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June Pelo
26-01-05, 02:25
There's been an interesting discussion on Finngen about this subject. I'll attach two of the more informative mails:

Merja Syrjämäki, MD:There are not many texts available in the internet in English of the Finnish hereditary diseases ( we call it Suomalainen tautiperintö or Finnish disease heritage ), except scientific texts. I found one that might be of interest also to an average genealogist with no medical background. See http://hmg.oupjournals.org/cgi/content/full/8/10/1913 The first couple of chapters explain why there are so many hereditary diseases common in Finland and very rare elsewhere. There is also a list of the diseases.

Also this:
"Seppo Niinioja:...to put the "bad" Finnish genes into perspective, it deserves to be mentioned that there are some 6000 known hereditary diseases of the human species caused by a single gene. The special Finnish rare disease heritage includes 36 diseases and 5 more considered to be added to the list. Some of them are very difficult, some easily treated. The overwhelming majority of the hereditary diseases are the same as elsewhere in the world, and on the other hand, many diseases well known elsewhere do not occur here. In my understanding, the number of those suffering of most of those 36 special diseases in Finland is marginal. If I remember right, the newest found disease affects only three immediate families. They really aren't an everyday concern.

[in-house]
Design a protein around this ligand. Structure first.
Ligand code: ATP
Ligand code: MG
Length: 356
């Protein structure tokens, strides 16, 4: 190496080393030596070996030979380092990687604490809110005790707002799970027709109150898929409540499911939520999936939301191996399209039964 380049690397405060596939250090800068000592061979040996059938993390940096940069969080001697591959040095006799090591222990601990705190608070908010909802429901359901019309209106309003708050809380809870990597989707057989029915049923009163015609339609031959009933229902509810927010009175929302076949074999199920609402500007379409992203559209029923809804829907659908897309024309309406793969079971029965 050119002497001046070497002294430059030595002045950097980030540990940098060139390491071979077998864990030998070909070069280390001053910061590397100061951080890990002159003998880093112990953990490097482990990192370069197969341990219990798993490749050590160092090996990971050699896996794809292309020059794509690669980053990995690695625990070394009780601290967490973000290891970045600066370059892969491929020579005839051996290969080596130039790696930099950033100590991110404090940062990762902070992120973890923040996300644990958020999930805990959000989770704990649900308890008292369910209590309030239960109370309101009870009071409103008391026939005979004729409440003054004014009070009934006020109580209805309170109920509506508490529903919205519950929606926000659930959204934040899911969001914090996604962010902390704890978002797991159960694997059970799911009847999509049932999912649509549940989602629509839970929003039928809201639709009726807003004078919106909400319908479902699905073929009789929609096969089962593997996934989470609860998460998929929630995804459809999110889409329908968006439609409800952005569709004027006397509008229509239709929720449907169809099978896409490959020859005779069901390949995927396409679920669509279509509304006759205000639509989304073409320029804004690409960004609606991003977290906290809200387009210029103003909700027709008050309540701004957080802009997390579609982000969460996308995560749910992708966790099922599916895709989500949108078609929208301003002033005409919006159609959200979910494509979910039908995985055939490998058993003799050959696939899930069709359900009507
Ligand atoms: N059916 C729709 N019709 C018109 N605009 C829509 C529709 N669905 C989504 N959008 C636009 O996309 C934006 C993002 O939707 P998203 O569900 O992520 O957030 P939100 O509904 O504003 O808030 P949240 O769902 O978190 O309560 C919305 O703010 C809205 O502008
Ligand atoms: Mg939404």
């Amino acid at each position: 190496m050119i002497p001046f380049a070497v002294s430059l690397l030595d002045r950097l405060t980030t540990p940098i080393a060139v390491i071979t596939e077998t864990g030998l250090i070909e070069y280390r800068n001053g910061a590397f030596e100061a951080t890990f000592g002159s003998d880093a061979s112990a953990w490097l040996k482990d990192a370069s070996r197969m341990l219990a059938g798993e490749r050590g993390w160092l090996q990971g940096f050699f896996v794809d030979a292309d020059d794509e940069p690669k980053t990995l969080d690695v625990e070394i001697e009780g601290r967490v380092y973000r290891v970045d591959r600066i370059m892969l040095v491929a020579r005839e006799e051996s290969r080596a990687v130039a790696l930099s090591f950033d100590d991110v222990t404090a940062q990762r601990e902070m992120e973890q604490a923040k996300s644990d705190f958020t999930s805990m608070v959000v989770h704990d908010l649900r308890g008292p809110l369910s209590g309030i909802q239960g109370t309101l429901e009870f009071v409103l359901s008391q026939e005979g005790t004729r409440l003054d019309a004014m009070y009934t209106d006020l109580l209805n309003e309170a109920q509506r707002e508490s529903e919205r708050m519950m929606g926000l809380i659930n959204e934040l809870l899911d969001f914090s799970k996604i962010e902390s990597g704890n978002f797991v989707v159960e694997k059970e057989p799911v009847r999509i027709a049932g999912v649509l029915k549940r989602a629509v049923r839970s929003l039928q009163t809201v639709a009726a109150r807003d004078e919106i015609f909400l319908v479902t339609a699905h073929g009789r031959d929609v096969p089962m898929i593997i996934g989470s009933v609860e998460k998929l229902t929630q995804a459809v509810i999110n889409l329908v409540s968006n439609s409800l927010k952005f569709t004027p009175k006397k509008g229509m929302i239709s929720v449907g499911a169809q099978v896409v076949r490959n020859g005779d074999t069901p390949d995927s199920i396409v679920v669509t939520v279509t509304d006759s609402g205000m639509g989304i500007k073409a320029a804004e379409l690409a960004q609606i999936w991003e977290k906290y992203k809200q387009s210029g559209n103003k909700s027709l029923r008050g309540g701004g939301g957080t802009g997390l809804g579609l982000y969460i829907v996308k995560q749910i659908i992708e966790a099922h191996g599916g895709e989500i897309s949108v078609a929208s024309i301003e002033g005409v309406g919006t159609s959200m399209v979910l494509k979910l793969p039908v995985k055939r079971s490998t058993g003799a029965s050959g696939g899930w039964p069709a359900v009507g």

One should of course also, according to Mendel's findings from the 19th century differentiate between predominant and recessive genes. Most of the special Finnish diseases are inherited recessively, that is only if both parents carry the gene. Most of the bad genes are due to occasional mutations, not so much to our roots.

Cases have indeed been found in Finland where carriers of the same Finnish hereditary disease are related from as far back as from the 1600s. As already mentioned on the list, regional isolation and interfamily marriages are a natural cause of the occurrence of the diseases. A couple of years ago there was a program on Finnish TV about an Italian family who have an exceptional blood congelation factor (?) also found to be inherited in the family from the 1600s. There has been much talk about the significance of genealogy for medicine and this seems to come true to some extent. For the genealogist, DNA based genetic evidence of uncertain family relationships is probably even more intriguing."

June

syrene
26-01-05, 16:29
Robert Sund's younger brother inherited pseudo thaxoma elasticum, if I've spelled it correctly, from the birth parents. Robert died of other causes, which is logical since he was adopted. I wonder what the incidence in Sundom families is of that disease. It causes hardening of muscles, and appeared to affect his vision first. He died at only age 58.
Syrene
Syrene